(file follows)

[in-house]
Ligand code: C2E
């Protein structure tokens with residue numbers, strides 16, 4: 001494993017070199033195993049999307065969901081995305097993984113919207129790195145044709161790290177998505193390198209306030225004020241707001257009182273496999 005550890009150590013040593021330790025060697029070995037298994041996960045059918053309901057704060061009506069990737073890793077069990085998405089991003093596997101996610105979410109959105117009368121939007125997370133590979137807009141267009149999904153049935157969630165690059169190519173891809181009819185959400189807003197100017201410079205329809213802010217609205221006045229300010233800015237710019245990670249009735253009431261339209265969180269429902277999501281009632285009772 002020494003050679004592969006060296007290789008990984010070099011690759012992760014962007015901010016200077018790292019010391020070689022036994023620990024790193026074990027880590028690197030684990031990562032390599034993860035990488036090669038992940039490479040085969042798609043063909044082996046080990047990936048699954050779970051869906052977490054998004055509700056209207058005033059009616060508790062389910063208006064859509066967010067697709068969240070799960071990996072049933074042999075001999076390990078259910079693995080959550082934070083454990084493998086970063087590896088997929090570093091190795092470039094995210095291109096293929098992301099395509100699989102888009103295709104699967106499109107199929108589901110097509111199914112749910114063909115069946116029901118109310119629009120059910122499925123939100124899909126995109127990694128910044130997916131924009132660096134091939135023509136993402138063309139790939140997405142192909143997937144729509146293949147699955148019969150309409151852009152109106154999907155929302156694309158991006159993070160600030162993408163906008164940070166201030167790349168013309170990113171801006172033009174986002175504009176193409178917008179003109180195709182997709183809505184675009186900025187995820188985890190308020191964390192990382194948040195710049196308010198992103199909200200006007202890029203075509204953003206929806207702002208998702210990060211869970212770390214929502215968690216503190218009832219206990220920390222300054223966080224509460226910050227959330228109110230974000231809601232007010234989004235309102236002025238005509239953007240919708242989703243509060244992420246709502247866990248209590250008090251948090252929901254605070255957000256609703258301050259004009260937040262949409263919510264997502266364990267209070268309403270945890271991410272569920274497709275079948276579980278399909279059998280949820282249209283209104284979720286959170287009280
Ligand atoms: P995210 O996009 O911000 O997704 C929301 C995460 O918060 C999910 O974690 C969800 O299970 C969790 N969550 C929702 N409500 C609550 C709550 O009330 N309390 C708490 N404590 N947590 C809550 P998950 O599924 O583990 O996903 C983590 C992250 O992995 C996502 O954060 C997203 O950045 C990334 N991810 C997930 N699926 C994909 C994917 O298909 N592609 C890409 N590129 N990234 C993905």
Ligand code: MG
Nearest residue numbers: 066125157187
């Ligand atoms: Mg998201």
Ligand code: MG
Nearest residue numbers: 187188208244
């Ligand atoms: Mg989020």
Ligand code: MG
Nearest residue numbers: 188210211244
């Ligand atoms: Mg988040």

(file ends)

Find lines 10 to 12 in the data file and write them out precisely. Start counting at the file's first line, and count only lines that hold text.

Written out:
């Ligand atoms: Mg989020």
Ligand code: MG
Nearest residue numbers: 188210211244